Four flight styles for living birds were used:‘continuous flapping’ (CF) (e.g. grebes, ducks and auks); ‘flapping and soaring’ (FS) (e.g. storks, pelicans and large raptors); ‘flapping and gliding’ (FG) (e.g. swifts, falcons and gulls); ‘passerine-type flight’ (PT). These styles were coded for our living bird sample, as defined (and analyzed) by Bruderer et al. . As our objective is to determine whether similarity in wing bone measurements, or fprim/ta ratios, are reliable predictors of flight styles, ANOVAs were applied to explore whether there are significant differences among the four flight styles. As group variances are not statistically equal, a Kruskal-Wallis non-parametric ANOVA was also employed. ANCOVAs were then used to remove the effects of both body size and wing size , , , with log10 transformed body weights and the geometric mean length of each of the four wing elements established as proxies for body size and wing size, respectively. If a particular range of values for manus (mn) length or fprim/ta ratio is indeed a reliable means of discriminating among flight styles then we should expect systematic, significant differences between the length of mn and the fprim/ta ratio across the four bird flight mode groups. As the object of our analysis is to test whether the taxa we sample here can be separated into any of the four flight-style groupings and not the analysis of evolutionary trends, we did not use phylogenetically independent contrasts. In any case, investigation of phylogenetic effects would be fruitless as our bird sample encompasses 18 orders with at least three binned in each flight style group. There is also no clear consensus regarding the inter-relationships of neornithine orders at present.
Given the large number of comparisons, Hochberg multiple comparisons tests (HMCT) were used post hoc to evaluate the robustness of significant results. Finally, Principal Components Analyses (PCA) on the covariance and Discriminant Function Analyses (DFA) based on linear combinations of predicted variables were performed to explore whether wing bone lengths and primary feather lengths are a robust means of ordinating and classifying taxa into the flight style groups of Bruderer et al. . To remove the effects of total wing size in our multivariate analyses, the log10 transformed geometric mean of the four wing element variables was subtracted from each log10 transformed variable . All tests were conducted using SPSS v. 18.0.1.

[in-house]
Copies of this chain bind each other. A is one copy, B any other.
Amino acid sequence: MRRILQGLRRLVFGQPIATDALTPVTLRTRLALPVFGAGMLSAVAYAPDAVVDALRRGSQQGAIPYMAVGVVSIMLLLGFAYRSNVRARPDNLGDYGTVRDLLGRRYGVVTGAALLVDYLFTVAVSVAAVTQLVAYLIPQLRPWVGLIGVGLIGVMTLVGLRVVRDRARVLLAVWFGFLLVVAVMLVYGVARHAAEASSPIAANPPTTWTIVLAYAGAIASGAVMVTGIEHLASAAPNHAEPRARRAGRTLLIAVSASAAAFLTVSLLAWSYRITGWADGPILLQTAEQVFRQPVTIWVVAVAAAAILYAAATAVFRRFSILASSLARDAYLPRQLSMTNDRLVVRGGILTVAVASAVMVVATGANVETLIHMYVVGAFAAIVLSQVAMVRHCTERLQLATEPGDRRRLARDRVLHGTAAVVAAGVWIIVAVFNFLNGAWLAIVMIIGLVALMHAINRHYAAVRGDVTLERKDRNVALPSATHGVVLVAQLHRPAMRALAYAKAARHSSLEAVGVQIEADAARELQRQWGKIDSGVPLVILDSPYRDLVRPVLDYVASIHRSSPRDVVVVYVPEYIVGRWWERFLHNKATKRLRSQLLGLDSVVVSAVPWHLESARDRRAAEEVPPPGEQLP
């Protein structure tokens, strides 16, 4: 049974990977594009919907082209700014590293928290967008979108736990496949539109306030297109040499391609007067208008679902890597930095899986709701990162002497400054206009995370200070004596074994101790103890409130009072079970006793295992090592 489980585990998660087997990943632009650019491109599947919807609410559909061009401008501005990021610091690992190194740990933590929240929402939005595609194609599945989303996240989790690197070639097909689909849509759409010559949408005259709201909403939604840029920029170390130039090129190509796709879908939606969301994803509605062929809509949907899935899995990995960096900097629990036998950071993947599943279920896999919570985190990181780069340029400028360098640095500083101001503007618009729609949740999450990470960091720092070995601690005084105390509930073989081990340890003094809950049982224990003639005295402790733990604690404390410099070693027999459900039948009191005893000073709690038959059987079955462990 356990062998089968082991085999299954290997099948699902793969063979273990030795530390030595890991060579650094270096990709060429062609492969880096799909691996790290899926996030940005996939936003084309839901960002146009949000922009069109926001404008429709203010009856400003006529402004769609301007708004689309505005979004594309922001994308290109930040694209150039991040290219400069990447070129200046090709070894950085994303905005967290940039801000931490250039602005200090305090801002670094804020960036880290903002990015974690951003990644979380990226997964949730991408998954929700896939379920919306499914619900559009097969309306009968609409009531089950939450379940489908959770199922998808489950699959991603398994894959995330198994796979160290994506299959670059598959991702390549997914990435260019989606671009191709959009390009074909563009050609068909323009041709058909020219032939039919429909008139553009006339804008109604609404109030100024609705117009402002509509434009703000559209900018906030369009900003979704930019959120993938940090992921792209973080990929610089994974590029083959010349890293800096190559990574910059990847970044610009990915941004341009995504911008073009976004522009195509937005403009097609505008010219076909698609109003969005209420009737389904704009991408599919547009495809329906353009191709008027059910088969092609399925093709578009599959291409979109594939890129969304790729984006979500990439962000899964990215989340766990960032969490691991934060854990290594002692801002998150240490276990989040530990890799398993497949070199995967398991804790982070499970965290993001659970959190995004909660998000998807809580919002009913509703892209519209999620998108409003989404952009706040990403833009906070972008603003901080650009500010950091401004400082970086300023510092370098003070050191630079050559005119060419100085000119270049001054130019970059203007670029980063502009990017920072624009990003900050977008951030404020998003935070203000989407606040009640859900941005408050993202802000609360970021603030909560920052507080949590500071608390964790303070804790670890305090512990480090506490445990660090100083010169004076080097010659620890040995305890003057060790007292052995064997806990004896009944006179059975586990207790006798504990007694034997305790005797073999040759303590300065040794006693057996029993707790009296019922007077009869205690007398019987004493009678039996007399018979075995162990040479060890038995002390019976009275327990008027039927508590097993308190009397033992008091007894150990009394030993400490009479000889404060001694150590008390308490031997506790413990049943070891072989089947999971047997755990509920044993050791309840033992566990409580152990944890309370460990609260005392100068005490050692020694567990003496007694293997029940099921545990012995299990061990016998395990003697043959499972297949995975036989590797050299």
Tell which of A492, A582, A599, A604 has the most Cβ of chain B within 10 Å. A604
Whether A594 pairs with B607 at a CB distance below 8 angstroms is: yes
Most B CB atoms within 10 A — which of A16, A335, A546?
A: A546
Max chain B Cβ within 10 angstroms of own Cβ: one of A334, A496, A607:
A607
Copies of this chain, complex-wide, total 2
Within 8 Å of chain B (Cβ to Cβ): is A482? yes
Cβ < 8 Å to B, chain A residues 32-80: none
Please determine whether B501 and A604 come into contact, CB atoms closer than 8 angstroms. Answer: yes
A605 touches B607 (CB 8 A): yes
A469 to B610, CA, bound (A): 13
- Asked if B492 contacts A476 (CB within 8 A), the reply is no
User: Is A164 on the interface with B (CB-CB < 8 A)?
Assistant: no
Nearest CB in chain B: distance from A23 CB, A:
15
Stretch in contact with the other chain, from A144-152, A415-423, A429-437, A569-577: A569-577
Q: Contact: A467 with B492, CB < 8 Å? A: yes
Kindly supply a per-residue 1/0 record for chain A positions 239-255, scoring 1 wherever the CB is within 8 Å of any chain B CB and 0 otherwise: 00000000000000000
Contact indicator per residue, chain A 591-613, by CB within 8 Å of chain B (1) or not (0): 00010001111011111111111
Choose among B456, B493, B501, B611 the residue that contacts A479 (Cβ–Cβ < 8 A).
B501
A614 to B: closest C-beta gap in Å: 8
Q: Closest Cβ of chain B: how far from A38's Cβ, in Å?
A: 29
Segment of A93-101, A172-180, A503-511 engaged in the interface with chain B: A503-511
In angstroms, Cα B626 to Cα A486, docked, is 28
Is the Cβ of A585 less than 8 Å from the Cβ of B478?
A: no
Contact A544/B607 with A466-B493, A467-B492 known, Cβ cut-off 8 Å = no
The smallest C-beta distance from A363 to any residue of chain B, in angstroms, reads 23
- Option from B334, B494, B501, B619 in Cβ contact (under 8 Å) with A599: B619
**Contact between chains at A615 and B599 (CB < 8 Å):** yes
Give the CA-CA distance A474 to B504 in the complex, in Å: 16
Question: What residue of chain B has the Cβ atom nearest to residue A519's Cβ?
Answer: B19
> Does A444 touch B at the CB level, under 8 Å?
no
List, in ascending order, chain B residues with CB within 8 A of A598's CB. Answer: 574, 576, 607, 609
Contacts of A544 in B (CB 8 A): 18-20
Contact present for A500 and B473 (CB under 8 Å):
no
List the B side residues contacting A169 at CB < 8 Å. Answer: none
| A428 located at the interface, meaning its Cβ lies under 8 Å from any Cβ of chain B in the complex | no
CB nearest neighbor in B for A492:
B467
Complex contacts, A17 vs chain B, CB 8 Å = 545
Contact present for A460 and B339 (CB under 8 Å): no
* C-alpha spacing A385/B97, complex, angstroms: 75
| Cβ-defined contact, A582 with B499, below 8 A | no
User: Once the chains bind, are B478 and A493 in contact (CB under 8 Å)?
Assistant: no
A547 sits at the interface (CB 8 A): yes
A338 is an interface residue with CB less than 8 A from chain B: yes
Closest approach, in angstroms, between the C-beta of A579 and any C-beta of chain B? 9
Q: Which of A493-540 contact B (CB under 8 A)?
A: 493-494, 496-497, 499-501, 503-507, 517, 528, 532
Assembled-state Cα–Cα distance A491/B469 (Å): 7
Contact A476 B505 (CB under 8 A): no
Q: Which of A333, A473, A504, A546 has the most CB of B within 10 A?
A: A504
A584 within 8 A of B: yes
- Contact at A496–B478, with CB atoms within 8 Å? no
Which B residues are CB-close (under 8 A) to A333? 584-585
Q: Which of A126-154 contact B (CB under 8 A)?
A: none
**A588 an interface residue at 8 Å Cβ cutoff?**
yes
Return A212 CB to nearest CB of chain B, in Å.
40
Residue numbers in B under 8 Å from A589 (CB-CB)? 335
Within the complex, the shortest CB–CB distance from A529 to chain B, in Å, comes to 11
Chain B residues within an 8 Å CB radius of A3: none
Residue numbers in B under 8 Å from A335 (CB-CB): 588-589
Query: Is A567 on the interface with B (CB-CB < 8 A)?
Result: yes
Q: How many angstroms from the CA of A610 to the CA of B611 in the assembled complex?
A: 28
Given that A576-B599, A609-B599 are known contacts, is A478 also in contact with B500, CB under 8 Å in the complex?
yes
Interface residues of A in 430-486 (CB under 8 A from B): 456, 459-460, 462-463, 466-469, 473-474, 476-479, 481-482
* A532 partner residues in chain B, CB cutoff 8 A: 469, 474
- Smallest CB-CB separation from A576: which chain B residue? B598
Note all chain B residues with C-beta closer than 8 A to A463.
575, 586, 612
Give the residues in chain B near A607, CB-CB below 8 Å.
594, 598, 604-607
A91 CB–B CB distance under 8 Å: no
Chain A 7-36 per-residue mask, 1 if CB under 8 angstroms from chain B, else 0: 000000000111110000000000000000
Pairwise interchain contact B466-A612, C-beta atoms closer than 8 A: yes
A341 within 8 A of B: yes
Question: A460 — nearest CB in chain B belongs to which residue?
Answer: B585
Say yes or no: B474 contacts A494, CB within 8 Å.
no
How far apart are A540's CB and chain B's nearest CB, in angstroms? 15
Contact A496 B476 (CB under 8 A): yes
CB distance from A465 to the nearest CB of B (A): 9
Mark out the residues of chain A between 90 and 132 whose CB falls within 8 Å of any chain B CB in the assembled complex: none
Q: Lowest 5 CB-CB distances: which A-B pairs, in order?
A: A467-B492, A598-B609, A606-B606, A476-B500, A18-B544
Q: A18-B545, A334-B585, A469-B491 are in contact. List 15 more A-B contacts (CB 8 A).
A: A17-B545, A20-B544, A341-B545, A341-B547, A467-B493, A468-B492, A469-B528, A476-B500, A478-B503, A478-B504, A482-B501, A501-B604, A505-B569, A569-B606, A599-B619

fprim/ta ratio and manus length analysis.
One-way ANOVA and Kruskal-Wallis non-parametric tests show that fprim/ta ratios do differ significantly between the four flight style groups (F3,182 = 37.789, P<0.001; figure 1a). This does not reflect a body size effect because body mass (M) does not differ significantly between the four groups (F3, 182 = 0.136, P = 0.939). Additional ANCOVAs with body size controlled and ANOVAs performed on the residuals (with body mass as independent proxy) corroborate this result (F3, 182 = 39.929, P<0.001; F3, 182 = 39.998, P<0.001). Although the error bars for groups ‘CF’ and ‘FS’ do not overlap (figure 1a), differences in these values are not significant enough to pass the HMCT (P = 0.062); thus, differences detected by ANOVAs must be attributable to differences between the other two groups. Specimens in groups ‘CF’ and ‘FS’ were then merged and a second HMCT comparing (‘CF’+‘FS’), ‘FG’ and ‘PT’ was performed: this test found a significant difference between the three groups (F2, 180 = 51.735, P<0.001).
Figure 1. Mean primary feather length compared to total arm length (fprim/ta) and mn length for the four flight style groups of Bruderer et al.